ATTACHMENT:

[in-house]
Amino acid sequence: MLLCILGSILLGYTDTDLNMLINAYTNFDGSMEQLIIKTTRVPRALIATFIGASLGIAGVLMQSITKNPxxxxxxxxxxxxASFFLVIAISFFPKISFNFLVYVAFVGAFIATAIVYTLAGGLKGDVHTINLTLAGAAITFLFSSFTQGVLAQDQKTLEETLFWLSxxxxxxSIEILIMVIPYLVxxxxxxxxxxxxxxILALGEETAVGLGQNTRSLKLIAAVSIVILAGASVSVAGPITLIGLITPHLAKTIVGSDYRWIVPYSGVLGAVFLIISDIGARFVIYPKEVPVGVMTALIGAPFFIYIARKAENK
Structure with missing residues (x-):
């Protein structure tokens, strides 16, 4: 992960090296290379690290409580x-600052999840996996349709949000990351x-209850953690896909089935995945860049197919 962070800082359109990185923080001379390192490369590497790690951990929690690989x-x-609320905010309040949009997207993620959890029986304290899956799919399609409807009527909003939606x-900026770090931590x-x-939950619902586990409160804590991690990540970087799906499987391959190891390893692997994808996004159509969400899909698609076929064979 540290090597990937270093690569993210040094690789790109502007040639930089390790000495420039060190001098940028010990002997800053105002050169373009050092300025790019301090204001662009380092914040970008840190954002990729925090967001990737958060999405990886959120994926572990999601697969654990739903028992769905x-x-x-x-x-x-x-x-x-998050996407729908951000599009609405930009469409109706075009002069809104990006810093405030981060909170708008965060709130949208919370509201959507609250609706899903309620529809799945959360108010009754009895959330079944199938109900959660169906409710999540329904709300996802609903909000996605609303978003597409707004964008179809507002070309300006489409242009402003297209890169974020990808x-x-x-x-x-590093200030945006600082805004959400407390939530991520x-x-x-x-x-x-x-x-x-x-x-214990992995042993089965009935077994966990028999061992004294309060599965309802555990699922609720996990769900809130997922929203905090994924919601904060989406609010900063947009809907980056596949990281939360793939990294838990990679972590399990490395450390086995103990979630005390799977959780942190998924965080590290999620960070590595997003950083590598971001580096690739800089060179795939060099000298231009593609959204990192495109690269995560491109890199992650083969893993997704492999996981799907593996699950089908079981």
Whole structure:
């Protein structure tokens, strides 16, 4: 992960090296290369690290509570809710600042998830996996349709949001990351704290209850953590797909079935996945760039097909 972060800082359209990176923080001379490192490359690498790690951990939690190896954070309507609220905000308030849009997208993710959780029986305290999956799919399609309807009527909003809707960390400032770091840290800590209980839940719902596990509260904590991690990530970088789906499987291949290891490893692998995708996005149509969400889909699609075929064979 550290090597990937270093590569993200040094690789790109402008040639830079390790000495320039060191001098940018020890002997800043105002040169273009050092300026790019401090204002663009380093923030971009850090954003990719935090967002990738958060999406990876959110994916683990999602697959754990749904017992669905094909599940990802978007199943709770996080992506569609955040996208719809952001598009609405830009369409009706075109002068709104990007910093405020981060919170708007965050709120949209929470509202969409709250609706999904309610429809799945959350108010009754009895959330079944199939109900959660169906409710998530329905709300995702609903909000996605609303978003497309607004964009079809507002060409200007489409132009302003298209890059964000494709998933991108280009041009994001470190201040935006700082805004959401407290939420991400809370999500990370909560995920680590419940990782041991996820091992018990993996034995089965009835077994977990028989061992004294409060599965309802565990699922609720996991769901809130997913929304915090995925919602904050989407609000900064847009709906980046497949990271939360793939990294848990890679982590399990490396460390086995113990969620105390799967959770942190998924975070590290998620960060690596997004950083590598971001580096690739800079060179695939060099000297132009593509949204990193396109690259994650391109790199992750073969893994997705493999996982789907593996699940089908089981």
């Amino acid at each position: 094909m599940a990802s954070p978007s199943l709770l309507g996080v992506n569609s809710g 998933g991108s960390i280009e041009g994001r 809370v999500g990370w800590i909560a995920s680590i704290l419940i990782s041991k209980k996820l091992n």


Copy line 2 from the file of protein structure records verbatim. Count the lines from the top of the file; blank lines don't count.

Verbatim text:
Amino acid sequence: MLLCILGSILLGYTDTDLNMLINAYTNFDGSMEQLIIKTTRVPRALIATFIGASLGIAGVLMQSITKNPxxxxxxxxxxxxASFFLVIAISFFPKISFNFLVYVAFVGAFIATAIVYTLAGGLKGDVHTINLTLAGAAITFLFSSFTQGVLAQDQKTLEETLFWLSxxxxxxSIEILIMVIPYLVxxxxxxxxxxxxxxILALGEETAVGLGQNTRSLKLIAAVSIVILAGASVSVAGPITLIGLITPHLAKTIVGSDYRWIVPYSGVLGAVFLIISDIGARFVIYPKEVPVGVMTALIGAPFFIYIARKAENK